Good management is essential for the provision of various services to the community in efficient, sustainable, equitable and appropriate manner. It is only achievable when there is a balance between the different resources essential for service delivery. Although the aspect of management is crucial in ensuring efficient running of the day to day activities of an organization, a balance between the number of the directorate staff and that of the technocrats like clinicians is necessary so as to avoid the existence of a bogus working environment (West et al. 2015). Good managers always strive to be better leaders, thus requiring management skills to achieve effectiveness. On the other hand, leaders guided by their vision can communicate to all the concerned parties on the best approaches towards achieving the set objectives. The need for medical leadership has been rising in response to the decreasing resources. While most hospitals have been hiring managers and clinicians differently, most physicians have been ambitious on taking up the roles of leadership within the organization all with the aim of improving the effectiveness of operations (Veronesi et al. 2012). However, clinicians are facing numerous challenges in their pursuit for leadership. Their frontline duties are far much demanding such that in taking up leadership positions, there would be higher chances of undermining service delivery (Klaber & Lee, 2011). On the other hand, a greater number of managers within the organization results in friction from the clinicians considering that people will perceive them as more of theoretical in their approaches towards leadership rather than practical methods that involve working together towards achieving the desired results. It is notably easier for those in practice and knowledgeable of the day-to-day demands to influence clinical undertakings (Powell & Davies, 2016). The paper seeks to disagree with the perception that NHS has more managers compared to the expected number of clinicians, and the need to empower clinicians to take up the management roles thus bridging the gap that exists.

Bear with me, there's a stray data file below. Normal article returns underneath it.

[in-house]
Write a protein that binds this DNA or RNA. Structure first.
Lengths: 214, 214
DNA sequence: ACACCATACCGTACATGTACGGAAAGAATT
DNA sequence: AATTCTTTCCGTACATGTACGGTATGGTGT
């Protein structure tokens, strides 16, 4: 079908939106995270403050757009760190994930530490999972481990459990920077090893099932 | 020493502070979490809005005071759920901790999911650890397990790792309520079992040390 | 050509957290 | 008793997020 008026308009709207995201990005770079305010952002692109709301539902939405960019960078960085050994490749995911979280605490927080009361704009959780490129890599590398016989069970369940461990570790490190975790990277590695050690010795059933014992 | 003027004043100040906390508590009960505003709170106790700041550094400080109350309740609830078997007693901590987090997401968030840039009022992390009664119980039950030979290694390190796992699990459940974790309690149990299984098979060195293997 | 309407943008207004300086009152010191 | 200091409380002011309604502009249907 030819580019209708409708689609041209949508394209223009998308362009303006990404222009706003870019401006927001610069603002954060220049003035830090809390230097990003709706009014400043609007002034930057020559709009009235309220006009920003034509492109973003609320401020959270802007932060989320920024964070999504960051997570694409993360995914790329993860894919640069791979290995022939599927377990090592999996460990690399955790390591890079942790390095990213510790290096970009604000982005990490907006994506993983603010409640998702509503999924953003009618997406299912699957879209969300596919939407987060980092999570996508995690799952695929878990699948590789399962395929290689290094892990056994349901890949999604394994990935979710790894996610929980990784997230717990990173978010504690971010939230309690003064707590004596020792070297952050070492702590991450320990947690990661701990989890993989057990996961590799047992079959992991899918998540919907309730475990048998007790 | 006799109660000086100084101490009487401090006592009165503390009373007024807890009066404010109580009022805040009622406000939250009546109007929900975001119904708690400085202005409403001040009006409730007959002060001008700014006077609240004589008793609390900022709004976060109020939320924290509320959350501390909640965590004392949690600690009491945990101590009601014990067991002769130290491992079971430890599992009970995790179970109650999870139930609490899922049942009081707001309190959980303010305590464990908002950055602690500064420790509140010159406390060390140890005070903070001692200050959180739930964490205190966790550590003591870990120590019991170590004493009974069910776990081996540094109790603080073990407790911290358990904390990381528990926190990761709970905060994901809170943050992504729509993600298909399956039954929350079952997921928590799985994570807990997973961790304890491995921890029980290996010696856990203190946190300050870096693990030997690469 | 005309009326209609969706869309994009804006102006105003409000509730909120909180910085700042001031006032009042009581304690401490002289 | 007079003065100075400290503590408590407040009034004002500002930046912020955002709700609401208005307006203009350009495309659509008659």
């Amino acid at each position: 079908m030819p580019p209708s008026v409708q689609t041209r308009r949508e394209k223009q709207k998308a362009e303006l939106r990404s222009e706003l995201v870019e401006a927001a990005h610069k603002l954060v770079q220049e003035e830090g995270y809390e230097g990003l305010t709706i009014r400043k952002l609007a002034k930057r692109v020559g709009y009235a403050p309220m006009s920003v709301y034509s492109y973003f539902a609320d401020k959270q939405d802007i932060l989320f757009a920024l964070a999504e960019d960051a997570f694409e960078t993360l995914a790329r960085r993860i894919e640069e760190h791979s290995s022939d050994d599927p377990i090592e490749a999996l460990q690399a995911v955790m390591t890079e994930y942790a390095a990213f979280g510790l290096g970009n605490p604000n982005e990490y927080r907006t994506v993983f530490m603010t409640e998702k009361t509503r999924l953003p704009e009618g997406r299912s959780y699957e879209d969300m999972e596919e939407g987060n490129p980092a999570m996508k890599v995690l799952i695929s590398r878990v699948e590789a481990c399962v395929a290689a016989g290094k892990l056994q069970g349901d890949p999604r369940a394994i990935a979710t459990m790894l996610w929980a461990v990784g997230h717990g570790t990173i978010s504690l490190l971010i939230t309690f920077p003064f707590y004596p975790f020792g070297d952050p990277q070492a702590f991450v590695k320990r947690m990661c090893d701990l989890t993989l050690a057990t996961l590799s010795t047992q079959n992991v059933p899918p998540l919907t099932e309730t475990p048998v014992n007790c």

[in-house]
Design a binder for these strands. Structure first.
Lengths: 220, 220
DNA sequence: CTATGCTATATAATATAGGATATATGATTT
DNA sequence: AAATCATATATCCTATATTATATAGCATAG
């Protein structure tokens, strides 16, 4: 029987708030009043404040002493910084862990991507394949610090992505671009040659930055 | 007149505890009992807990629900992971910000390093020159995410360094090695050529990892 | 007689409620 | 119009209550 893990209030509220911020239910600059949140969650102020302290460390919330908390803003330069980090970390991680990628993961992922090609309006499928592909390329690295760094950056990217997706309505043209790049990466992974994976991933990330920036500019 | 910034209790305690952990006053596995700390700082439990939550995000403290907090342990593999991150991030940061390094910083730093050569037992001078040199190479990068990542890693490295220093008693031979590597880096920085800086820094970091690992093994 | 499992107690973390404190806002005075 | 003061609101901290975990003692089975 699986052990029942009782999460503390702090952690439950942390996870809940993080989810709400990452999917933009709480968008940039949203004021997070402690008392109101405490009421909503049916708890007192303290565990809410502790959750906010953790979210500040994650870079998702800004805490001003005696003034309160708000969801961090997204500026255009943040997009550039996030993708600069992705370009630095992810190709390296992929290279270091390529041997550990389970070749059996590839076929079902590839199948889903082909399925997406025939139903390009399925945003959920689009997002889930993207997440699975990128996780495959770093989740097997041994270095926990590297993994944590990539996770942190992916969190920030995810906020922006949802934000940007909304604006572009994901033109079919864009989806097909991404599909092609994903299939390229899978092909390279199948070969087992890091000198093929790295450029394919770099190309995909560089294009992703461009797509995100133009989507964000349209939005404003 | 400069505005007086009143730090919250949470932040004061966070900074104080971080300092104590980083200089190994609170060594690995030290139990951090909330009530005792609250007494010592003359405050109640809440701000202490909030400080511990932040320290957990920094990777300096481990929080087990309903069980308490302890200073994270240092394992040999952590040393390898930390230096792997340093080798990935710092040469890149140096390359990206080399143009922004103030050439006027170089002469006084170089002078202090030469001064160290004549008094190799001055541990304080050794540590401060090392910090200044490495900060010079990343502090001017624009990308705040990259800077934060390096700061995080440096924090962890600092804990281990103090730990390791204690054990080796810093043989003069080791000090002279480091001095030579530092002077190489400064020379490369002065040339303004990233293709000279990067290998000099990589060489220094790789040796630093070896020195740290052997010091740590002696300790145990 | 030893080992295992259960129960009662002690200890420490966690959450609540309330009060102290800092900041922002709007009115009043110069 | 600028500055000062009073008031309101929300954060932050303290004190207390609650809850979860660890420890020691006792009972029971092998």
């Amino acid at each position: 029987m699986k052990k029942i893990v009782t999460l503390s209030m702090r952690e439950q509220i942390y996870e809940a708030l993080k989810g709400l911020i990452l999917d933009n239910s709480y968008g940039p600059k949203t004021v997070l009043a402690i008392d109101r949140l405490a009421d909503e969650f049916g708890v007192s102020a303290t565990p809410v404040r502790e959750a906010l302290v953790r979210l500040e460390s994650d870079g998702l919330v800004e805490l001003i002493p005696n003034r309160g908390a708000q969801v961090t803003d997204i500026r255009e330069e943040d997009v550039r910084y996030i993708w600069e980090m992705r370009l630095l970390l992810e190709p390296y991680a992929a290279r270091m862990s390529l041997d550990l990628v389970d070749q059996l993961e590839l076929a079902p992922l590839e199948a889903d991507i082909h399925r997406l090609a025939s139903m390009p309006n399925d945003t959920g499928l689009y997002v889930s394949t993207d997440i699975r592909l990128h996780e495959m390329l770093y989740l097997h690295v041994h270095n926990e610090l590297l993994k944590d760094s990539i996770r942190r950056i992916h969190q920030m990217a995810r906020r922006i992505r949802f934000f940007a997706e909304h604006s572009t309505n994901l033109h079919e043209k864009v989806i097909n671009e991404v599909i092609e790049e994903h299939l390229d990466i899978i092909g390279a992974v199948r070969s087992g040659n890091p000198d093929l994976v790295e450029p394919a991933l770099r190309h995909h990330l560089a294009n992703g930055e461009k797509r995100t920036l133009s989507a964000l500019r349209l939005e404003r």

Under management is evident at NHS contrary to the claims showing the existence of a disproportionate number of managers compared to medical staff. By the year 2011, NHS had an employee base of 1.2 million workers, and of the total, only 40,094 served in the management positions. An increase of up to 65 percent on management numbers between the year 2000 and 2011 with approximately 30 percent rise in the total employee population over the same period (The Kings Fund, 2011). The issue of a disproportionate rise of management against other employees as raised by the media might have based on the 65-30 disparity, yet it was not an inclusive arithmetic that should have based on the percentages as factors of the overall population. On analysis, only three percent of the entire NHS populations are managers by the year 2000 and rose to slightly above 3 percent by 2010. The census undertaken in 2011, by the organization showed that out of a headcount of 1,193,334 employees, only 3.2 percent made up managers and senior executives (Klaber & Lee, 2011). After a comprehensive analysis, the NHS Confederation complained that it was unreasonable for one of the leading employers in the world with a spending of about 2 billion pounds a week, and providing health care services to over sixty million patients to have such a small management index. It is thereby clear that NHS management is lean, and the policy of lowering the number of managers to cut on costs being uninformed as it results in weakening the commitment and motivation of the managers thus compromising on the capacity to oversee the implementation of change within the organization (Klaber & Lee, 2011).
In various industries, management is an essential aspect towards achieving productivity, and thus NHS is not an exception. NHS managers are considered part of the greater medical team all united by the common objective of delivering quality healthcare services to the millions of patients (Institute of Health Care Managment, 2015). They are responsible for the coordination of all the medical staff to use most of their time and available resources in nursing the patients in an accountable and transparent system. The managers also have the responsibility of implementing an increasing number of policies within the facility which include waiting for time targets which are among the new health regulations (Laubscher, 2008). The senior managers, on the other hand, need to plan for a transition into a 24-hour service facility. At the same time monitor the quality of service delivery by attending to patients complaints, incident occurrences, and investigating on the reasons for unexpected deviation in performance thus keeping the clinicians accountable for their actions (Laubscher, 2008). From the look into the various roles of management, it is evident that the existing numbers of managers in the organization are far much overworked thus compromising on their outputs. Lesser managers are unable to respond to sustainability challenges in time due to the lack of time (West et al. 2015). Without enough management workforces, it is unlikely to offer services that are equitable, affordable, accountable, fair and safe due to the complex interactions involved.